Now, when it comes to formula feeding, things get a tad more complicated. Ask me if I think anyone has a reason to feel guilty for using formula, and the answer will be a resounding hells-to-the-no. And I can say that with a clear conscience, because I have spent two years looking at all the studies, research, politics, commentary, internet chatter, etc. My stance is that breastfeeding is a personal choice, like any other. No more, no less.

But just because there’s no good reason for you to feel guilty, does not mean that you won’t. You will feel guilty because you want the best for your child, and everything we are told is that breastfeeding is the superior choice. You’ll feel guilty because you wanted to breastfeed, and you feel like you failed. You’ll feel guilty because you’ll read something three months down the line about someone even worse off than you who “persevered” and is still happily nursing her two year old. You’ll feel guilty because you’ll read articles that portray you as a victim of the system, someone who fell prey to the “booby traps”, and you’ll hate yourself for being so naive and weak, because every other mom around you is nursing, and the booby traps didn’t catch them, so why you? You’ll feel guilty because you imagined yourself as a breastfeeding mom, and here you are with your bottles and expensive powdered food which apparently can now be spiked with bugs. Good, good times.

Or, you’ll feel guilty because you hated nursing, and turned to formula right away. Or because you never even tried. You’ll feel guilty because you hate your body so much, hate how large and out of control you felt through the nine months of pregnancy, and can’t handle the thought of not having that control back at the soonest point possible. You’ll feel guilty because someone hurt you, badly, many years ago, and now the thought of feeding someone from your breast makes you want to scream… and you already feel guilty about being abused, despite years of trying to work past it, so the guilt just builds, and builds. You’ll feel guilty because you’re putting your own needs before your infant’s.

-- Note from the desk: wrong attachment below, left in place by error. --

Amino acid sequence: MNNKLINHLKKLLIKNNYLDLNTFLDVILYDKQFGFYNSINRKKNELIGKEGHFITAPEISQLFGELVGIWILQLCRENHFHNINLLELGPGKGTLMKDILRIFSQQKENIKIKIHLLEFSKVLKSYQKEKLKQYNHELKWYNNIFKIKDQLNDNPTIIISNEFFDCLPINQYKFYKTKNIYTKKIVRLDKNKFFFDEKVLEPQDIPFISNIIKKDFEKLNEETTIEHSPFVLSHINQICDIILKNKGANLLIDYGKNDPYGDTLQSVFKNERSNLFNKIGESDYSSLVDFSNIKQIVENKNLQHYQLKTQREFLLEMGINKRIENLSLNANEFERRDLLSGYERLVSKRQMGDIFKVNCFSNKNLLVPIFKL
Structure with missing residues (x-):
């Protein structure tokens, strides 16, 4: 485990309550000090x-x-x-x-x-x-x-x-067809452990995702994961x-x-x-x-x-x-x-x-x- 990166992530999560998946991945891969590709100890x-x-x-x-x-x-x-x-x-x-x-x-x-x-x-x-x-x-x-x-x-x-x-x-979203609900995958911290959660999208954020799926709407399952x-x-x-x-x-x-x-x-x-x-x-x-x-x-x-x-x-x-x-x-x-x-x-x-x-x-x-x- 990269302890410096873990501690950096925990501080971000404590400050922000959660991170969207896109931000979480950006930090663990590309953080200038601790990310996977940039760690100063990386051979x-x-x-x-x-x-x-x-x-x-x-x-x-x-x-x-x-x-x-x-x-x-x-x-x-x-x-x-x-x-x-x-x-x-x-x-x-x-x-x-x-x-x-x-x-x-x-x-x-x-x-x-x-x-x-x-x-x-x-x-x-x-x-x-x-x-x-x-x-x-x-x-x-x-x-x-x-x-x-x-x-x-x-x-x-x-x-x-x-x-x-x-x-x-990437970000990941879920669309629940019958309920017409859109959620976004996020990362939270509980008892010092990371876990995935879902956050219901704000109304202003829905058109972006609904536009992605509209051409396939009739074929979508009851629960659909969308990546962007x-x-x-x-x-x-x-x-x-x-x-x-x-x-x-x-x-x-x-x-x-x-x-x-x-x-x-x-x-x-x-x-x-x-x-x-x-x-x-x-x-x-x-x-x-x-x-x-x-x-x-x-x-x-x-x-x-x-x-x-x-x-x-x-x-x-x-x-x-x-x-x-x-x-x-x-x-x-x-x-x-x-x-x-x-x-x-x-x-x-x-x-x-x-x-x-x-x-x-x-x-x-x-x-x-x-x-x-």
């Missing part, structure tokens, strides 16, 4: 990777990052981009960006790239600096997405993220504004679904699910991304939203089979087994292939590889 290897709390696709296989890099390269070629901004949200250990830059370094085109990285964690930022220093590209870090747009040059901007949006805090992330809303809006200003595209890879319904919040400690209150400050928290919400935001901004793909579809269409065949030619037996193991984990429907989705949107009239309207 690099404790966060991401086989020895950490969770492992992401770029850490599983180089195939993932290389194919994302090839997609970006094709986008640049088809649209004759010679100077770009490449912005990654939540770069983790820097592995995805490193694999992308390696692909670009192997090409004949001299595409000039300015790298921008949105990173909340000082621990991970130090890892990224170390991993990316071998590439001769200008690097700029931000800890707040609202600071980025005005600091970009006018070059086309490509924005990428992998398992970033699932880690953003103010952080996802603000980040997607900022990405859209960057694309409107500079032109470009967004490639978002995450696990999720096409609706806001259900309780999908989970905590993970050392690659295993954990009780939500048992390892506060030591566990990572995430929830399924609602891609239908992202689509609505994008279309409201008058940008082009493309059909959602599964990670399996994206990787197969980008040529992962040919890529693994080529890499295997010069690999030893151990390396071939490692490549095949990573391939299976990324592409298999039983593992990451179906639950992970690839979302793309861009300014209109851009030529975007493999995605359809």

If you are formula feeding, there’s a good chance that at some point, you will feel guilty. Because guilt is closely related to self doubt, and self doubt is part of being a parent. Of being a good parent. Self-doubt means you are flexible, that you are a thinker, that you question your decisions. It means you are not dogmatic, that you have empathy, that you are human. It means you are educated and responsible, because you have listened and read and absorbed enough to realize what the “right” choice supposedly is.

So… back to the original question: how do you get over the guilt you feel about formula feeding?

You don’t.

Don’t even try. Rather, you claim that guilt as a badge of honor. You taste it; roll it around on your tongue, and spit out the bitter parts. Suck out the kernel of truth that’s hiding in there, the truth that negates all the hyperbole that reduces mothering to a pair of mammary glands and an over-simplified vision of what it means to love and nurture a child.

Do your research. Read studies. Talk to parents who have breastfed, and those that have formula fed, and hear what they have to say about their kids. Seek out others who have had similar experiences so that you know you are not alone. But don’t do these things to erase your guilt. Do them to seek the truth. Do them so you can viscerally, intellectually, and emotionally feel secure with the path you’ve chosen/been forced to walk down. Trust me, if you do this, you will feel better. The truth is comforting.